Amazon ACoS: A Guide to Finding the Perfect Target ACoS
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Every Amazon Seller has heard the buzzword “Amazon ACoS,” but what is ACoS? ACoS, or “Advertising Cost of Sale” is a performance metric provided by Amazon for ad campaigns in the Amazon Advertising console. In 2021, Amazon Pay-per-Click (PPC) advertising is used by over 75% of Amazon Sellers, and so knowing what all the key performance metrics mean, how to calculate them, and most important of all, knowing how to optimize them is vital.

We will tell you what Amazon ACoS is and how it can be analyzed and how you can find your own perfect target ACoS benchmark.

What is Amazon ACoS?

What is Advertising Cost of Sale, or ACoS meaning for short? Quite simply, ACoS is the ratio of your total ad expenditure to your total sales revenue. In essence it tells you for every dollar you spent on ads, how many dollars revenue you made.

ACoS can be calculated at basically every level of an ad campaign.

You can enable it by going to Amazon Seller Central -> Advertising -> Campaign Manager -> Click the “Columns” button -> Customize Columns -> Check the Advertising Cost of Sale box.

Amazon automatically calculates your ACoS on 4 levels:

  • Account level – average ACoS for ALL campaigns over a specified period of time (as shown in the graph)
  • Campaign level – average ACoS across all keywords and ad groups in an ad campaign over a specified period of time
  • Ad group level – average ACoS for an ad group (a group of keywords) in a campaign over a specified period of time
  • Keyword level – total ACoS for one individual keyword over a specified period of time

To see ACoS on ad group and keyword level simply click into the campaign and enable the column as mentioned previously.

What is MY AcoS?

Amazon ACoS calculation is simple, the formula to calculate is simply a ratio of spend to sales, like mentioned before.

For example, if you spent $1.5 on a keyword and received $5 in sales, then your ACoS is (1.5/5)*100 =30%.

You may infer from this formula that a lower percentage of ACoS is preferable. A lower ACoS means your numerator, aka your total ad spend – is lower compared to how many sales you’re getting. That inference isn’t accurate because that would make the ideal ACoS as low as 1%, which is basically impossible!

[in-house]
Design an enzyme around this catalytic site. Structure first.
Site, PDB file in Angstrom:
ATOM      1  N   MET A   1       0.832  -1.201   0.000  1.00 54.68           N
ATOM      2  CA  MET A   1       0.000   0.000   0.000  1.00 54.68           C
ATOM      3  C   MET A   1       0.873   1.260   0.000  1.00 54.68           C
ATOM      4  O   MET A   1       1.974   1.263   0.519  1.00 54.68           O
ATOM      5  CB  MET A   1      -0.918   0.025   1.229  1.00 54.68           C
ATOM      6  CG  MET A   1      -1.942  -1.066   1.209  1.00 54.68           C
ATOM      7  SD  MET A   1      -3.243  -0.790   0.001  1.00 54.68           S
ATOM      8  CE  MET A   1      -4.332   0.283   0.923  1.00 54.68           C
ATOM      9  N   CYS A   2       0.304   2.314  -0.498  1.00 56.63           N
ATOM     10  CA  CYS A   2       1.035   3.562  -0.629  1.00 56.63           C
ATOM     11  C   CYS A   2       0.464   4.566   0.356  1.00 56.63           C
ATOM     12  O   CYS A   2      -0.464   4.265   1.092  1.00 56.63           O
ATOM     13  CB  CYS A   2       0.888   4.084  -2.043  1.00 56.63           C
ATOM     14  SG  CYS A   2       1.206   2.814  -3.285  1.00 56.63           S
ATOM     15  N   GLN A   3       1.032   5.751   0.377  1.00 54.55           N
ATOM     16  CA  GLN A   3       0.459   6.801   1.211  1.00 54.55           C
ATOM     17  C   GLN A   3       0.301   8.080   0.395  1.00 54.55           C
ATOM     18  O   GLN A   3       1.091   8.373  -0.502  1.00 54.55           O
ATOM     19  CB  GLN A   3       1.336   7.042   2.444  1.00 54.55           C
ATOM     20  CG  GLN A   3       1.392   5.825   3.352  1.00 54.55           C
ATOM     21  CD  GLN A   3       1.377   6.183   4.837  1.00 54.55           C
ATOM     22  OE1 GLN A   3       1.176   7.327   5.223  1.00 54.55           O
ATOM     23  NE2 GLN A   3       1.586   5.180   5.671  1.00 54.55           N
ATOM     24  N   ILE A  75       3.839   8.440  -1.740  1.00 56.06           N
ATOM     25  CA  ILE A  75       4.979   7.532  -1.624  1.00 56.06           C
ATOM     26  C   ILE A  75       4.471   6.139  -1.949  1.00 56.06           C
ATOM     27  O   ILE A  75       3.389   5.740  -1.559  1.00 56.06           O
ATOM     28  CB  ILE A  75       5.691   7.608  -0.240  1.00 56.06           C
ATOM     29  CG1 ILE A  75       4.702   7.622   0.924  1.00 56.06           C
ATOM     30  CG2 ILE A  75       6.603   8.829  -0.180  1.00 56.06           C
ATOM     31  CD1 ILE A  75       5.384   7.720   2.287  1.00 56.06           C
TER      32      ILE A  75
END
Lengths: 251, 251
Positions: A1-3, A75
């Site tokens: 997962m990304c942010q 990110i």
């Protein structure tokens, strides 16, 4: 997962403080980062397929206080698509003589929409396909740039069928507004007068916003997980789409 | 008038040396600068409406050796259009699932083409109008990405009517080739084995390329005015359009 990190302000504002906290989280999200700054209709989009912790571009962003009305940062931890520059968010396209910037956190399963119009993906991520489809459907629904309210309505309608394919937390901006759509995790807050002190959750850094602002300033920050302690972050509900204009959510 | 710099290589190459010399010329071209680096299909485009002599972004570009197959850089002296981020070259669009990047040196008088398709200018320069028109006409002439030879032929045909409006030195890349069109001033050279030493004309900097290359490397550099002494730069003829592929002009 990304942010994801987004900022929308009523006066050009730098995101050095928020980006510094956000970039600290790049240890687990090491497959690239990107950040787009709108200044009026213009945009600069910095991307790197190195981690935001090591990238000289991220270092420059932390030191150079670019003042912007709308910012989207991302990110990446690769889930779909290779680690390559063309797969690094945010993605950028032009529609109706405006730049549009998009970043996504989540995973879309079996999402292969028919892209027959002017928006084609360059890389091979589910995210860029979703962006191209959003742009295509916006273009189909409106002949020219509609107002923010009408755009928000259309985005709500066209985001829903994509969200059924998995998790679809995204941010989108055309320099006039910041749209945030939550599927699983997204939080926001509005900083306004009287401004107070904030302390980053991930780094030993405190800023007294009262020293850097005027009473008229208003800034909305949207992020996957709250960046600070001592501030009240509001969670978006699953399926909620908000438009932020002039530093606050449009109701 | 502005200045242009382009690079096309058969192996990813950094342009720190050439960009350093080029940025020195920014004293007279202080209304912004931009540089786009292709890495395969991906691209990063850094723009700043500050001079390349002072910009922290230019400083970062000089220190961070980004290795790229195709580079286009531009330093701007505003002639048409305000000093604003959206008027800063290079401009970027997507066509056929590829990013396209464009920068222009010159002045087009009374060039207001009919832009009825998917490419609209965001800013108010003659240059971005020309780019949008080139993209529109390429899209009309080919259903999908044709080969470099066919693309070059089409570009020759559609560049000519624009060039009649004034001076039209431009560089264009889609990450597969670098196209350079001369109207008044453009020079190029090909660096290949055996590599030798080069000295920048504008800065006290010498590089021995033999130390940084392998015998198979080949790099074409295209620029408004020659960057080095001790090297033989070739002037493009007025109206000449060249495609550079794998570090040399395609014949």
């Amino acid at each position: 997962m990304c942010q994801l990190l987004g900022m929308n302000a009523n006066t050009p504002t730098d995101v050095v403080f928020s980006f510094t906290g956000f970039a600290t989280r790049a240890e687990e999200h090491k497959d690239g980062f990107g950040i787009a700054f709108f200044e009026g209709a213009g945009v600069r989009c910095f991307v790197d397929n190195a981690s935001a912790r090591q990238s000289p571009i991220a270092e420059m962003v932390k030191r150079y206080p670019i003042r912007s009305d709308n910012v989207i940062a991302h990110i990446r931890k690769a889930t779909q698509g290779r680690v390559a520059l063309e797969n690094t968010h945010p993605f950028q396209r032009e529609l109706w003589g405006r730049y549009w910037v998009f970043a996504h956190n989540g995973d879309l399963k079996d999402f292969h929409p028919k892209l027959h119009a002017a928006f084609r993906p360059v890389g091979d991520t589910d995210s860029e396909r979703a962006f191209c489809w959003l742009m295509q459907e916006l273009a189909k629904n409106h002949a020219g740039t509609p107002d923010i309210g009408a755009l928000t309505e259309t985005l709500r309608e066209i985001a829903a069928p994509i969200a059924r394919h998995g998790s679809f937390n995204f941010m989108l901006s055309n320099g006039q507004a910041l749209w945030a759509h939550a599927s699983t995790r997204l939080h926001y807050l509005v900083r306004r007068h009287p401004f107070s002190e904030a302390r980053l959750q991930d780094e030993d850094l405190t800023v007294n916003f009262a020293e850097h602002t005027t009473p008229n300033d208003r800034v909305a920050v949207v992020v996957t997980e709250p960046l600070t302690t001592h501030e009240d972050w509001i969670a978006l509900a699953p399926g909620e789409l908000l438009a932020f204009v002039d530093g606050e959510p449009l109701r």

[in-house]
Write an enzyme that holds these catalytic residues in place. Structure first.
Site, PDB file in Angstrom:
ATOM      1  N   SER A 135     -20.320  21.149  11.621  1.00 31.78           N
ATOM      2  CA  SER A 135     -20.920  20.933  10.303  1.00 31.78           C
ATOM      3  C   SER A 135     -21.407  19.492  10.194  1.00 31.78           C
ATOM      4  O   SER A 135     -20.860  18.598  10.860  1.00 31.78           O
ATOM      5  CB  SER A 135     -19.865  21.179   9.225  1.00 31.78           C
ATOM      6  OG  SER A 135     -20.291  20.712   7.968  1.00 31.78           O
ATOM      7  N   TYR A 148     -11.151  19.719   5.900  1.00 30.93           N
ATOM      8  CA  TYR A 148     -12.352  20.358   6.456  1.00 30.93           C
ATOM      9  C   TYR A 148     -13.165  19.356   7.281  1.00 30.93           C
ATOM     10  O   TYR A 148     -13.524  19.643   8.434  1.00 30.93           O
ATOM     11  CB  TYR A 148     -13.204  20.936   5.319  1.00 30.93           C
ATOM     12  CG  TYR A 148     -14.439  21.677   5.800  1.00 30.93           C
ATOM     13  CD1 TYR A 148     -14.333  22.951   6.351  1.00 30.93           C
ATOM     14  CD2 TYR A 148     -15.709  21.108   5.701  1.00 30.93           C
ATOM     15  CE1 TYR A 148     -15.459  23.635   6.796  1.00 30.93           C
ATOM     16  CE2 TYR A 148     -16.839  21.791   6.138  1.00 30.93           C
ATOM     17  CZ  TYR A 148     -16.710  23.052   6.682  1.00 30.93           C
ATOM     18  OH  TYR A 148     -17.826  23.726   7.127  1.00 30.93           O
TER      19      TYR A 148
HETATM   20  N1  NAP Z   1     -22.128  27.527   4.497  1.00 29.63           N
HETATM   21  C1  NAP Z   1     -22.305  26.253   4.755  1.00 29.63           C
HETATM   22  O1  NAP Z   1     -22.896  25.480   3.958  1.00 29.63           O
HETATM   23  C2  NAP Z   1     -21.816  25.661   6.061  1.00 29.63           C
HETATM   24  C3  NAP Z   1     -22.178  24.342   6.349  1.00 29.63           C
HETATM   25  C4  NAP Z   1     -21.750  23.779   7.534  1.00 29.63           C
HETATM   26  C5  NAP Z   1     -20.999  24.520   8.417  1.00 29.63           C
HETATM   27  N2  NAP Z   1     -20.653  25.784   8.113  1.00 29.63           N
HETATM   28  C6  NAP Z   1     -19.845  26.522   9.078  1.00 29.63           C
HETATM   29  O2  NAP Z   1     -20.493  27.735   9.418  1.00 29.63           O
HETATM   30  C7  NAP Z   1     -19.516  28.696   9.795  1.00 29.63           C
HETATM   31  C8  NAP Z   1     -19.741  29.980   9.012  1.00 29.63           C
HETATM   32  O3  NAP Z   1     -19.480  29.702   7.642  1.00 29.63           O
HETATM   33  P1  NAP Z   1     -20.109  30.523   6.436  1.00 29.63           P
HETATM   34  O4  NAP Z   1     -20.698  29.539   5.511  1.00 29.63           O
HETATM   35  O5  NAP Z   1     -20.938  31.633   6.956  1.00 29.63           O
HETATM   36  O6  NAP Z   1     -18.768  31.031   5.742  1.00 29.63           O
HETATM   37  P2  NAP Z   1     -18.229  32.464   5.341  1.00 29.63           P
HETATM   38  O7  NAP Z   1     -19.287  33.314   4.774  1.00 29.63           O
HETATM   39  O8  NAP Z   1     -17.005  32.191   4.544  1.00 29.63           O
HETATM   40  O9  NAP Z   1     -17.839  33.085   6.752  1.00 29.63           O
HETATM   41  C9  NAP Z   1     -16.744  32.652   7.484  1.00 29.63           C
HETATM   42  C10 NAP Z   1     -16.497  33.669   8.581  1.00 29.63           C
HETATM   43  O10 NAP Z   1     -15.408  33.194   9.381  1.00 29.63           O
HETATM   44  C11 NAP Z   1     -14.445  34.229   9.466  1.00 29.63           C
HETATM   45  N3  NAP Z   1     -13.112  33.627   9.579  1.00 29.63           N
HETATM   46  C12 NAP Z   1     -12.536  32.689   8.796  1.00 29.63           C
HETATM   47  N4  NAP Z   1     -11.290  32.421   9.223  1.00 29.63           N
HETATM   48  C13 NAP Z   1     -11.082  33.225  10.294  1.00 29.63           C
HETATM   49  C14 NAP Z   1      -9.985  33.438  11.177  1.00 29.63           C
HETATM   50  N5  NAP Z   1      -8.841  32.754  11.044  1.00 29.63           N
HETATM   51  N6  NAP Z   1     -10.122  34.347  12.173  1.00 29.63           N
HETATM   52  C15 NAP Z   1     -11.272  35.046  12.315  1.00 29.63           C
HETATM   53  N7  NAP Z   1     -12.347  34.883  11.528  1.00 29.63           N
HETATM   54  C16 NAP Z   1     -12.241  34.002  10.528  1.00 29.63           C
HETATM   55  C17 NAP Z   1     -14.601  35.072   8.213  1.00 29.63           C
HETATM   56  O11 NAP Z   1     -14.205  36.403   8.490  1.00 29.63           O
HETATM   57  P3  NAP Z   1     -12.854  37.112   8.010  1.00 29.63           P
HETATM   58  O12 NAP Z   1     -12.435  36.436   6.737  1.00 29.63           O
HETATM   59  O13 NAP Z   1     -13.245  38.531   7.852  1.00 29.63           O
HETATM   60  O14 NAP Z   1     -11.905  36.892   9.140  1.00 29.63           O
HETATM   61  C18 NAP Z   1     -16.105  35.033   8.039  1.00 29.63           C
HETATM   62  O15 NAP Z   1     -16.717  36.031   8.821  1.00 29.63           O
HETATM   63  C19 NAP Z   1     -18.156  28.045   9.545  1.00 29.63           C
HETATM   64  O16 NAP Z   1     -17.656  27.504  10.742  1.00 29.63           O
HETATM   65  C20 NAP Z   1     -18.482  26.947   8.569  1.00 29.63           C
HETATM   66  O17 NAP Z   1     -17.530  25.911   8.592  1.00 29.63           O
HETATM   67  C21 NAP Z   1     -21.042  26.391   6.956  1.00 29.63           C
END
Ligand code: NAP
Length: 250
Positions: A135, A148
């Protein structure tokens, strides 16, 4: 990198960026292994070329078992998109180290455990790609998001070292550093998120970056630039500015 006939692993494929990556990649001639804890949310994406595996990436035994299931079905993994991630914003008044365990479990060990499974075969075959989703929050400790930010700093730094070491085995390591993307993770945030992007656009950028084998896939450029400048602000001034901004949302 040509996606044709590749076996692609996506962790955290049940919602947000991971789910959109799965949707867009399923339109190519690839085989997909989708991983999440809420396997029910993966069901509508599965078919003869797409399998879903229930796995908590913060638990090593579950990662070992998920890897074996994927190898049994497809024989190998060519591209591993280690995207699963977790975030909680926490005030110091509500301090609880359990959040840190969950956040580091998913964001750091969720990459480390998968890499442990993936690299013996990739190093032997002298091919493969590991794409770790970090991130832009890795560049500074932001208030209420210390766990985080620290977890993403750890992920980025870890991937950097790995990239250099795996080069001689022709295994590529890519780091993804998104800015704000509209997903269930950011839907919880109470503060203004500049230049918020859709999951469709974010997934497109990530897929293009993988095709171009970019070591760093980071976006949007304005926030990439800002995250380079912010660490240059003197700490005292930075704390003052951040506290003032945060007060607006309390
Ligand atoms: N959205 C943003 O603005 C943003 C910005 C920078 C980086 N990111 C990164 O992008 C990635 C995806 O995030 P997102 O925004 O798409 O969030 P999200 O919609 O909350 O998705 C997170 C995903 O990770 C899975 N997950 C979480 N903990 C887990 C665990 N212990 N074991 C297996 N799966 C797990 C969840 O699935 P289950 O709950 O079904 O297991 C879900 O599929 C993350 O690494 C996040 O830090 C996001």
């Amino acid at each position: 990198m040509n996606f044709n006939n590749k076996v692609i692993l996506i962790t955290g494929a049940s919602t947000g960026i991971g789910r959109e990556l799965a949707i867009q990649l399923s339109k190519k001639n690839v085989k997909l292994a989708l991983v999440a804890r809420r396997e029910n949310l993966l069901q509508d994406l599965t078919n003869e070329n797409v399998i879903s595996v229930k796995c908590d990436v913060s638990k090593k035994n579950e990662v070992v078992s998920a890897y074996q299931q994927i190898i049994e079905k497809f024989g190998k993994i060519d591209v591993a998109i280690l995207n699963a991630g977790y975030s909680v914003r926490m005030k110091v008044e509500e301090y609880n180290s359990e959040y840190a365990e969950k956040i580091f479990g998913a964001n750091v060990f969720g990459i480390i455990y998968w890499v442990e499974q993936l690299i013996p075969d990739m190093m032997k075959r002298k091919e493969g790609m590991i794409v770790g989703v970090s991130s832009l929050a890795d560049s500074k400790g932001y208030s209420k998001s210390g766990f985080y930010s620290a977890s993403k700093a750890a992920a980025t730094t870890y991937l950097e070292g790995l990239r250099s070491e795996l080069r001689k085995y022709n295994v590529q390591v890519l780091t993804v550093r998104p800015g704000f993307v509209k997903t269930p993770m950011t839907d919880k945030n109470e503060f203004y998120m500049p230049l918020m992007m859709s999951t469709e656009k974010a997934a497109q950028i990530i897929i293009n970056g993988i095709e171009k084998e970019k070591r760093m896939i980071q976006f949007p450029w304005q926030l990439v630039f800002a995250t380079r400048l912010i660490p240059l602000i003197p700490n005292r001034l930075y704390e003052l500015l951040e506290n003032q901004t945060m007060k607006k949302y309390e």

Therefore, a low ACoS is good, but it might not be the best ACoS for you. So what is a good ACoS on Amazon?

Sounds confusing doesn’t it? Think of it in terms of these scenarios:

  • Scenario 1: You spent $100 in ad spend and received $250 in sales, getting you an ACoS of 40%.
  • Scenario 2: Your competitor spent $10 in ad spend and received $40 in sales, getting an ACoS of 25%.

Given only the ACoS percentage as a performance metric, you may think your competitor is doing better than you… Yet, take a closer look at the sales revenue. You’re making $250 on the same product they only made $40 for in the same period of time. This is why even if you have a higher ACoS, it doesn’t mean it’s bad.

Many “Amazon Gurus” will tell you the lower ACoS is, the better, but it’s a lot more complicated than that. It’s important not to generalize what’s arguably the most important Amazon PPC performance metric. ACoS can’t be generalized across accounts! It depends on many factors including your product category, your profit margins, and your target sales. This is why every seller should calculate their own personalized Amazon ACoS, and we’ll tell you how to do it.

Step 1. Calculate your Breakeven ACoS

Before you can calculate your true target ACoS you have to find your breakeven ACoS. Your breakeven ACoS is the ACoS percentage you need to “break even” in your profits. To “break-even” means that your revenue can cover your costs, so breakeven ACoS is the percentage beyond which you will start losing money.

For example, if your total profit margin is 30%, then your breakeven ACoS will also be 30%.

Your breakeven ACoS is essentially your total profit margin before you account for ad spend. So if your breakeven ACoS is 30%, if you don’t go over that mark, you won’t be losing any money, because your ad spend was taken out of your profits.

This is a useful metric for product launches. During the first stage of your product lifecycle, you can maintain breakeven ACoS to maximize ad impressions without losing any money. Later on, you can gradually decrease ACoS so you begin making profits on those products which you pushed to the top rankings during your product launch.